Whilst COVID-19 itself may not have vanished altogether, the dark days of the pandemic are largely a distant memory. Amidst lockdowns, social bubbles, and baking crazes, Britain’s gamblers persevered.
When the first lockdown hit, few could have anticipated the wide-reaching implications. For the UK gambling industry, it prompted a seismic shift.
Like many shops, pubs, restaurants and services deemed ‘non-essential’, brick-and-mortar betting shops were forced to close their doors, and in-person betting stopped altogether. As some punters took to online casinos, many feared an adverse effect on the 44% of the UK’s adults who enjoy participating in some form of gambling each month.
Some assumed that with gamblers confined to their homes, a rise in problem gambling and harmful behaviours would be seen with long-lasting implications on a pandemic-bruised population.
The potential economic implications were also cause for concern, given that the UK’s gross gambling yield is worth around £14 billion per year.
Retrospective research found 25% of the UK population believe their mental health was negatively affected by the lockdown. As a result of precautionary measures taken, 40% of people saw a decrease in disposable income. Despite the negative effects of the lockdown, patterns observed in the gambling industry were quite surprising.
With gamblers spending much more time at home, it could have been the case that drastic increases in gambling would eventuate. Initially, this was found to be true, with the decrease in offline betting compensated for by an increase in online betting. However, the longer-term statistics reveal something else.
In fact, YouGov research found that, once the dust had settled, there were, in fact, fewer gamblers than before lockdown. It revealed that, whilst 0.4% of adults had begun gambling for the first time during a 4 week lockdown period, 2.1% had stopped gambling altogether during the same timeframe.
Broadly, the UK’s gross gambling yield dropped by 11% to £12.7 billion for the 2020 to 2021 period. A decrease of almost 16% of brick-and-mortar betting shops was also seen over this same period, whereas the remote Betting, Bingo and Casino Sector saw an 18.4% increase in its yield.
Regarding the shift from gambling in brick-and-mortar establishments to online – each represented around 50% of the UK market prior to lockdown – little ultimately changed. When betting shops reopened, punters who preferred them simply returned.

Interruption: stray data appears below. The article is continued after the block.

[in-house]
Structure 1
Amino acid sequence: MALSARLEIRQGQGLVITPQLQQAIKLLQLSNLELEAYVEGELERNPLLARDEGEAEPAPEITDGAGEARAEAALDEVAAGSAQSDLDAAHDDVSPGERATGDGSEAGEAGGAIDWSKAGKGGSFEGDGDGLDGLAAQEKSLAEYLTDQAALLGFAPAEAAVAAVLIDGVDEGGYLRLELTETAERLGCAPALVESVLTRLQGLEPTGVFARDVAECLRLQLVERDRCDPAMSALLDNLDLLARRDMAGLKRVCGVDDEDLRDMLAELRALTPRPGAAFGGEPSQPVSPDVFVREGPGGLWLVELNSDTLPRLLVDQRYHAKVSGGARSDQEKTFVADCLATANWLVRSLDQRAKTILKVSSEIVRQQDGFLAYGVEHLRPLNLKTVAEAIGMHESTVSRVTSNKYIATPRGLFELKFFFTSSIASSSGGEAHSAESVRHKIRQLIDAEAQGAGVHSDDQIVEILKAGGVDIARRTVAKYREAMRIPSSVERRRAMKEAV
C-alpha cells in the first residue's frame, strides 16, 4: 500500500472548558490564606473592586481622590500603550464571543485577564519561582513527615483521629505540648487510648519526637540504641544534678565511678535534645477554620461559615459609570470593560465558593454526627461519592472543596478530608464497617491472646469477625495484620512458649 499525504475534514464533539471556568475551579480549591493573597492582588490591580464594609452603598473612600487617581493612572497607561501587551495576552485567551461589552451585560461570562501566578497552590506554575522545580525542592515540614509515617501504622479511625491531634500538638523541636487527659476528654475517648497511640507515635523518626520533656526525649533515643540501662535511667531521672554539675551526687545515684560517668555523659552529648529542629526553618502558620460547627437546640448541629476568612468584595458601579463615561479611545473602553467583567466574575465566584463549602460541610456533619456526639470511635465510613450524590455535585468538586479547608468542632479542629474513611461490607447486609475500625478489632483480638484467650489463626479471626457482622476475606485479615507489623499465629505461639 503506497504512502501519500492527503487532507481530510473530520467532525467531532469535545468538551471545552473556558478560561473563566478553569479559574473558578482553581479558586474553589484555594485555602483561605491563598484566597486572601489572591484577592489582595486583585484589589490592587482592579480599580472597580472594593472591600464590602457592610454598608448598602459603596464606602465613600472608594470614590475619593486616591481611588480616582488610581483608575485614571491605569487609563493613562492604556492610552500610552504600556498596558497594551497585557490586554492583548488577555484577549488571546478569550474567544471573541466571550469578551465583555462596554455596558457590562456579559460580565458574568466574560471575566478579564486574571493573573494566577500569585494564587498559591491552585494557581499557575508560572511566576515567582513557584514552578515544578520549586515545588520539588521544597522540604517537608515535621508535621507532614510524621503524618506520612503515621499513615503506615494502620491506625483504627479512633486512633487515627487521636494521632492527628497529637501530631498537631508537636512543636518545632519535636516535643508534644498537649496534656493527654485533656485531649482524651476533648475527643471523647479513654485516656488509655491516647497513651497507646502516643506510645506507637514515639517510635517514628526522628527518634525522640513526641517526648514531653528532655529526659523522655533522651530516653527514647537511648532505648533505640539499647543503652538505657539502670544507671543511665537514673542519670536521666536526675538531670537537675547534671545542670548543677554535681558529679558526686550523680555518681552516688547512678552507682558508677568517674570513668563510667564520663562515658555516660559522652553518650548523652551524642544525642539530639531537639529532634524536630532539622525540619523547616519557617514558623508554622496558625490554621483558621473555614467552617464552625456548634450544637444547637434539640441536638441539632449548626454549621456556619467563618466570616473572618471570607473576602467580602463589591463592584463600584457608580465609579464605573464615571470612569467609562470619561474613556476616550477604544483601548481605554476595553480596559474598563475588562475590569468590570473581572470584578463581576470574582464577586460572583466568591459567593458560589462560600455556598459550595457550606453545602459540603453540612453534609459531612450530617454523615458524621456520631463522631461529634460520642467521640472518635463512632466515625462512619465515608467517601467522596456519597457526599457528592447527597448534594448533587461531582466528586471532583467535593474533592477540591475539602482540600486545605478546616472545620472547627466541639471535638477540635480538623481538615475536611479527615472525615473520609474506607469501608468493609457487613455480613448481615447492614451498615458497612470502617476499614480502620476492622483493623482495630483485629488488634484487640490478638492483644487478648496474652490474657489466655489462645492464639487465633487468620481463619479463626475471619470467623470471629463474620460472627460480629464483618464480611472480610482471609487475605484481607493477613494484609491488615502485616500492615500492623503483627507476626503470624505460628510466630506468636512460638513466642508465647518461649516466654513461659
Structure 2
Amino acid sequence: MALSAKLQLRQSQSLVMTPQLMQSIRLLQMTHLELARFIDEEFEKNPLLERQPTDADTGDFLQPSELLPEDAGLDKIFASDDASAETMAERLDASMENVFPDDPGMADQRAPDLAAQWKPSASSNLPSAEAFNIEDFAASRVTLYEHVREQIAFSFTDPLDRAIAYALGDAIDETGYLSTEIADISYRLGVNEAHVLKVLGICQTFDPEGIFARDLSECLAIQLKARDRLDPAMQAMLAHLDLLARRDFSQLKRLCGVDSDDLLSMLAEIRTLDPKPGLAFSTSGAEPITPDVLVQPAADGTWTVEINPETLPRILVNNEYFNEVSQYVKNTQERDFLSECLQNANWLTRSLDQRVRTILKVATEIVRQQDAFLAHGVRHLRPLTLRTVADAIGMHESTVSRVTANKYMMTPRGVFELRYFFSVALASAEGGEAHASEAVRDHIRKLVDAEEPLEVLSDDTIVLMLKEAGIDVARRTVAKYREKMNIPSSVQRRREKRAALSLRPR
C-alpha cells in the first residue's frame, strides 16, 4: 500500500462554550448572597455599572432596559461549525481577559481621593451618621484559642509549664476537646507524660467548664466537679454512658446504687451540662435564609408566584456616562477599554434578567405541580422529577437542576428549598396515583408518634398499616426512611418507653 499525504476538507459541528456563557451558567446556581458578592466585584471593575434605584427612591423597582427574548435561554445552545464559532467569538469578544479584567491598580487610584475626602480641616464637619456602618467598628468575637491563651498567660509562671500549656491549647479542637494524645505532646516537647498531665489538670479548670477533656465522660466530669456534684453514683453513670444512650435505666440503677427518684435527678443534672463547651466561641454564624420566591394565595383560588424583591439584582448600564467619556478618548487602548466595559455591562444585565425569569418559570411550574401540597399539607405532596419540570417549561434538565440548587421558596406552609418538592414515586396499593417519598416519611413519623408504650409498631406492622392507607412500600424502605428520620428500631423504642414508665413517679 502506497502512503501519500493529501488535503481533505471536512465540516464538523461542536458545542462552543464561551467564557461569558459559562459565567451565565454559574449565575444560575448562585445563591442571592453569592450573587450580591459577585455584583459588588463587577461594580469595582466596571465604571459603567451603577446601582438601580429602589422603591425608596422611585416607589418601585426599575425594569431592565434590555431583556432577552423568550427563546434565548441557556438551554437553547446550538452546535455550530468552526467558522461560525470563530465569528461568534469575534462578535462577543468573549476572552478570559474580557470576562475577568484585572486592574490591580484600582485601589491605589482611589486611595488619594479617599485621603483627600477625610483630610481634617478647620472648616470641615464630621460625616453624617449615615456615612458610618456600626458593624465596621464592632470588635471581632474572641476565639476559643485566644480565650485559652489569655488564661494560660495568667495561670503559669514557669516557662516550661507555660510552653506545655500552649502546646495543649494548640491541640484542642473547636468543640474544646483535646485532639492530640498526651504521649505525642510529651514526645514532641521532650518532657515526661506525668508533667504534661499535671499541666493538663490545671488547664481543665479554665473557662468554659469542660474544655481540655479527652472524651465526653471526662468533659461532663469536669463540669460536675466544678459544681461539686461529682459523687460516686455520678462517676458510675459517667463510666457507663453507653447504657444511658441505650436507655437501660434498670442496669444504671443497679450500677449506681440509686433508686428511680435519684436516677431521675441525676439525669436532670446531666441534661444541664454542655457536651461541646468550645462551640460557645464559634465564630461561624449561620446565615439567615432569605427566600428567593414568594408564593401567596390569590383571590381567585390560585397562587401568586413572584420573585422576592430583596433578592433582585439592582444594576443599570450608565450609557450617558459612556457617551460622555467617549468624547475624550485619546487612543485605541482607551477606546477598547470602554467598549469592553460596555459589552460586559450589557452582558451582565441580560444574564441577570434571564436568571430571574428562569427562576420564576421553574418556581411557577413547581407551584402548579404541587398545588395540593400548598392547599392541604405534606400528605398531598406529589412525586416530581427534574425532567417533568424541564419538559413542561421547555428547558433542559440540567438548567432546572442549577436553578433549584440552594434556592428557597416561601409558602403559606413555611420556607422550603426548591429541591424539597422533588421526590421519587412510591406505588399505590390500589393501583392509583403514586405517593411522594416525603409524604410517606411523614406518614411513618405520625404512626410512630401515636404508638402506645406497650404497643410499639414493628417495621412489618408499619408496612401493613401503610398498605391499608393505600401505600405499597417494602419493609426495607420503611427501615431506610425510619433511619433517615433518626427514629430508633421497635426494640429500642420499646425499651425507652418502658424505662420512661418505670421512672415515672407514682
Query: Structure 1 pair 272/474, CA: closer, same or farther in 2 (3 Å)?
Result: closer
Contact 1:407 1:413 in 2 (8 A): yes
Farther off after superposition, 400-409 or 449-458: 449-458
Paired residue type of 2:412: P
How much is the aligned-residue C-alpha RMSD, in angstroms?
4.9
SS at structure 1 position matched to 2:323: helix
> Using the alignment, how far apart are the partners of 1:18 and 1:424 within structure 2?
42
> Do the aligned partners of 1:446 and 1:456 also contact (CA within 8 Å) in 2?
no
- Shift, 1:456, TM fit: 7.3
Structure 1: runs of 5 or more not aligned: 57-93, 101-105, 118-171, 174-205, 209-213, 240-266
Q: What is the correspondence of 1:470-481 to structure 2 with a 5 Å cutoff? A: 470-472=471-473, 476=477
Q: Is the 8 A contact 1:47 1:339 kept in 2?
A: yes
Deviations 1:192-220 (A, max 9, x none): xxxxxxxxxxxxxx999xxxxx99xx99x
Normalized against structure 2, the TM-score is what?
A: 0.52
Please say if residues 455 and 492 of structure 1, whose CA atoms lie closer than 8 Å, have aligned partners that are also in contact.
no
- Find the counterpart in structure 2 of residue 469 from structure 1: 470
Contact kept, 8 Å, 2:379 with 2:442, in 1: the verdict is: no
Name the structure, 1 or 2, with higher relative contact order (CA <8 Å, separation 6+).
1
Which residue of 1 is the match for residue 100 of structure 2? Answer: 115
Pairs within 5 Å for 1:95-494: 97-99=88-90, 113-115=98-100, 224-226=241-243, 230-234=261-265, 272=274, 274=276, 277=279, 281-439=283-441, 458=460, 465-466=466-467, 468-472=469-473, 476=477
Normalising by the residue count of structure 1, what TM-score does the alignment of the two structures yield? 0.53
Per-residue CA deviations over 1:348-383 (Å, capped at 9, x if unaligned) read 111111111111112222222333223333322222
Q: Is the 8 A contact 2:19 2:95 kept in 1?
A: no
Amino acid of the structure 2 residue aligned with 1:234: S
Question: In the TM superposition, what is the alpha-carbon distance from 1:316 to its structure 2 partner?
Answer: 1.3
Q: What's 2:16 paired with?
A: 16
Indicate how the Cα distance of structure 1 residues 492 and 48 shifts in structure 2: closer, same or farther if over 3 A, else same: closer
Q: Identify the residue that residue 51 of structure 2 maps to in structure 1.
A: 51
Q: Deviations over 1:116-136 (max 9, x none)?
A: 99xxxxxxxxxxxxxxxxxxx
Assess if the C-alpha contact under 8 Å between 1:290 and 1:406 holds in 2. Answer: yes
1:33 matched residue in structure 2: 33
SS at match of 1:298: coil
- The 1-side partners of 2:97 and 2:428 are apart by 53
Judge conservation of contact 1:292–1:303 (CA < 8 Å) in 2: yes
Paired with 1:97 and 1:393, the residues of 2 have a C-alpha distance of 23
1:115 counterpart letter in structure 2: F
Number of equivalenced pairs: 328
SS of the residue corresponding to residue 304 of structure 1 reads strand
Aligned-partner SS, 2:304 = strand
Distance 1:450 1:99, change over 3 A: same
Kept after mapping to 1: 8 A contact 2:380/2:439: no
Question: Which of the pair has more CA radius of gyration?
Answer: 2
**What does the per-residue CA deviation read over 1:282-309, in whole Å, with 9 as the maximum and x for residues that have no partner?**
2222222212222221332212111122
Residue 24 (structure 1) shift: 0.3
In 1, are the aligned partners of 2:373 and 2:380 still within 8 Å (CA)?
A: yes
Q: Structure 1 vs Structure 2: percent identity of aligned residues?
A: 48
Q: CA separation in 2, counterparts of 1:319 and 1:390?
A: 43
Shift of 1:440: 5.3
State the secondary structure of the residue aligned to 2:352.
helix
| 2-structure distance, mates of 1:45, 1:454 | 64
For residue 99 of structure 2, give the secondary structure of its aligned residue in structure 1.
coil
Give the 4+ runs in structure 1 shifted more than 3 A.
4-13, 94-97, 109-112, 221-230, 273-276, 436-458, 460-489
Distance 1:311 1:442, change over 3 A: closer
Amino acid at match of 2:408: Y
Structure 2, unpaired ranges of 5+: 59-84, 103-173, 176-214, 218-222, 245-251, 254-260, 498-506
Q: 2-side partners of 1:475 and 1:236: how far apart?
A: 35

When surveyed about a particular 4-week period of lockdown, just 2% of gamblers had signed up to one or more gambling sites, and only 1.6% placed a wager online which they would normally have placed in person.
The statistical trends and patterns of gambling behaviour seen throughout lockdown and afterwards are also broadly supported by operator-provided data.
A vulnerable minority
Whilst some of the overall trends appear positive, there are exceptions such as those highlighted by a government analysis of multiple studies and surveys on gambling behaviour during the pandemic.
It found that, whilst over the course of the lockdown an overall reduction in gambling was observed, a small cohort experienced negative effects, increasing their gambling and using new products.
The same report stated that comorbidities had been identified between harmful gambling behaviours and increased drinking, financial difficulties and poorer mental health. This may suggest that the issues of those who were already vulnerable or ‘at risk’ may have worsened by the lockdown and pandemic.
Another study found that problem gaming scores increased significantly, but that the number of gamers with disorders did not change.
These negative trends were seen only in a minority group, consisting mainly of younger males, most of whom attributed their increased gambling to “boredom and more free time”.
The ‘new’ normal & looking ahead
The impacts of the pandemic on gamblers, operators and the industry as a whole will continue to reverberate, and it may well be that future data and studies reveal additional trends not yet identified. For now, it seems that, in some respects, the new normal is largely indistinguishable from the old normal.
On an individual level, whilst, during the lockdown, use of tobacco products, alcohol and some recreational drugs increased, overall online gambling decreased. It remains to be seen whether this trend will continue, and what influences the looming recession, rising cost of living, and impending legislative review will have.
Whilst the pandemic was certainly a dark time for many, there are evidently positives to be gleaned. The wider implications of the information we have collated suggest that, when left to their own devices, the vast majority of UK gamblers are perfectly capable of monitoring and controlling their own responsible gambling habits.